for joint returns.

Note: there is no employer match for this tax, and the threshold is not indexed for inflation.

Learn what taxes you will pay as a contractor or an employee.

The same additional HI tax applies to the HI portion of SECA tax on self-
employment income in excess of the threshold amount. Thus, an additional
tax of 0.9% is imposed on every self-employed individual on self-employment
income above the threshold amount.

FUTA – §3301 & §3306

The federal unemployment tax system, along with the state systems, provides unemployment payments to workers who have lost their jobs. Most employers pay both a state and the federal unemployment tax. Self-employed persons are not subject to this tax.
For 2018, in addition to FICA taxes, employers continue to be subject to a
Federal unemployment insurance payroll tax (FUTA) equal to 6% (the additional 0.2% surtax expired 6/30/11) of the total wages of each employee (up to $7,000) on covered employment. However, employers are eligible for a
Federal credit equal to 5.4% for State unemployment taxes, yielding a 0.6%
effective tax rate.

Research Tax Credit – §41

Consistently permitted to expire only to be later reinstated, the §41 research credit has generally been available concerning incremental increases in qualified research. Its last expiration was for taxable years beginning after  December 31, 2014.

Are you a gig, saving for the old-age pension?

Note: The §41 research tax credit has never been a permanent provision of
the federal tax code. Since its enactment in mid-1981, the credit has been ex ended 15 times and significantly modified five times.

However, under the PATH Act, the §41 research credit was reinstated and made permanent. In addition, the PATH Act provided that, in the case of a small business (as defined in §38), the credit is a specified credit for taxable years beginning after December 31, 2015. Thus, the research credits of a §38 small business may offset both regular tax and AMT liabilities.
While the credit is often thought of as a single unified credit, it can have up to
five components:
(1) a regular credit,
(2) an alternative incremental credit (AIRC) [terminated for tax years after
December 31, 2008],
(3) an alternative simplified credit (ASIC) [increased from 12% to 14% of
the qualified research expenses that exceed 50% of the average qualified re-
search expenses for the prior three tax years starting for tax years ending after December 31, 2008 ],
(4) a basic research credit, and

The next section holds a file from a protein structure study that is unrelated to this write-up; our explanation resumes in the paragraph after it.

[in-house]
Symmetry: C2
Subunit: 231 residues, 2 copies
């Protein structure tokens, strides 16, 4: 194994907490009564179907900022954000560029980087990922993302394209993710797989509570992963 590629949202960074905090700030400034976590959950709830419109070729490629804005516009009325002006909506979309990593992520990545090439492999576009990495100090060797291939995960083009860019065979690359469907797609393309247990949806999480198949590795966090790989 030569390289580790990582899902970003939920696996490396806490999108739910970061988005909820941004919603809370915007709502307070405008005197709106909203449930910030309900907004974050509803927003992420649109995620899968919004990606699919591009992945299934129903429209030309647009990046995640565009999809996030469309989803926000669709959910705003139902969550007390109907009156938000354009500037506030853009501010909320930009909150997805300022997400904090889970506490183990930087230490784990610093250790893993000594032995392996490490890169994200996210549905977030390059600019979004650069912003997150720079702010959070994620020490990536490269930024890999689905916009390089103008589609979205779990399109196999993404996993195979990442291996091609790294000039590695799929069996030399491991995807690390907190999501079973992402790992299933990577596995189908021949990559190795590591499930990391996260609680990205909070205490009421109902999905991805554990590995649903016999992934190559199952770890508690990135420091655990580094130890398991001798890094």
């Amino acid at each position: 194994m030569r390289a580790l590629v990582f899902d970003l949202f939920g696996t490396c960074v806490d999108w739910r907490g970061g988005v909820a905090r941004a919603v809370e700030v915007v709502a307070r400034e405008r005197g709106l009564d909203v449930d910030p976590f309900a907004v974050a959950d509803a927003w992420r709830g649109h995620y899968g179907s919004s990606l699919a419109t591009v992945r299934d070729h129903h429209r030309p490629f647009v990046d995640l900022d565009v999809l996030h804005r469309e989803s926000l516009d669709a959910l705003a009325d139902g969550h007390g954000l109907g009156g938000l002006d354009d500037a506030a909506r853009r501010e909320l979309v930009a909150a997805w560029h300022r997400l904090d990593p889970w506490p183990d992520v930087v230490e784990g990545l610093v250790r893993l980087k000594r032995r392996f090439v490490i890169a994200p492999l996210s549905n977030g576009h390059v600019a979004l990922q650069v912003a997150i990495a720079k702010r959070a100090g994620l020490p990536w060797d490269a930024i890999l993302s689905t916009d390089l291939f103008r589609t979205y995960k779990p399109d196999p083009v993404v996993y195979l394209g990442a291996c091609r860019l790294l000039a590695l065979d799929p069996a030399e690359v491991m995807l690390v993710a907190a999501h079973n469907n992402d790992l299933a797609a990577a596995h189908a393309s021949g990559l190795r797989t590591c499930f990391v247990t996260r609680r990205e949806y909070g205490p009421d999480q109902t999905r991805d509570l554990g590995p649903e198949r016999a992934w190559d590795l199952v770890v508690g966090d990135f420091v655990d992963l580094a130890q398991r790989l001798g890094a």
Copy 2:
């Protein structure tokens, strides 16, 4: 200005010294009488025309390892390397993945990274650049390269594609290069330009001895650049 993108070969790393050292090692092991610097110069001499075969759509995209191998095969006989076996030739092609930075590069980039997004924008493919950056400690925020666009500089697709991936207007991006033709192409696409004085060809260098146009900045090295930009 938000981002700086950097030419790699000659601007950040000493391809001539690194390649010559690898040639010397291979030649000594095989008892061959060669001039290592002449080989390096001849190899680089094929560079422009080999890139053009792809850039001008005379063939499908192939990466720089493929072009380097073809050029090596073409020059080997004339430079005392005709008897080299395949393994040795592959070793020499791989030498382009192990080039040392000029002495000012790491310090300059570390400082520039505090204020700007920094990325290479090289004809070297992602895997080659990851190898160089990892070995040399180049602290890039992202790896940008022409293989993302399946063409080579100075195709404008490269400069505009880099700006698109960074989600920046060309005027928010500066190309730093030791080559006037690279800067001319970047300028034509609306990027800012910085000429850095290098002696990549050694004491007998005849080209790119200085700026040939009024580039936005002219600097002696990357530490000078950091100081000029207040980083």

(5) an energy research credit.

Incremental

All but the energy research credit are progressive in that the credit applies only to qualified research spending above a base amount. Thus, the research tax credit is substantially equal to 20% of the amount by which a taxpayer’s qualified research expenses for a taxable year exceeded its base amount for that year. The base amount for the current year generally is computed by multiplying the taxpayer’s fixed-base percentage by the average amount of the taxpayer’s gross receipts for the four preceding years. Special rules apply
to all other taxpayers (§41(c)(3)(B))

Alternative Simplified Credit

Taxpayers can elect to use an alternative simplified credit equal to 14% of
qualified research expenses that exceed 50% of the average qualified research expenses for the three preceding taxable years (§41(c)(5)(A)).
However, the rate is reduced to 6% if a taxpayer has no qualified research expenses in any one of the three preceding taxable years. The election applies to all succeeding taxable years unless revoked with the consent of the Secretary.

How the millions of Gig workers impact the insurance industry

Relation to §174

Deductions under §174 (or any other section) are reduced by an amount equal to 100% of the taxpayer’s §41 tax credit (§280C(c)). Taxpayers may alternatively elect to claim a reduced §41 credit amount instead of reducing deductions otherwise allowed. Qualified Expenses Qualified research expenses consist of: (1) in-house payments for wages and supplies attributable to adequate research; (2) certain time-sharing costs for computer use in qualified research; and (3) 65% of amounts paid or incurred by the taxpayer to certain other persons for adequate research conducted on the taxpayer’s behalf. The study must satisfy §174 requirements and be undertaken to discover technological information, the application of which is intended to be useful in the development of a new or improved business component.

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Disclaimer: John Wolf and paystubmakr.com are making a total effort to offer accurate, competent, ethical HR management, employer, and workplace advice.  We do not use the words of an attorney, and the content on the site is not given as legal advice. The website has readers from all US states, which all have different laws on these topics. The reader should look for legal advice before taking any action.  The information presented on this website is offered as a general guide only.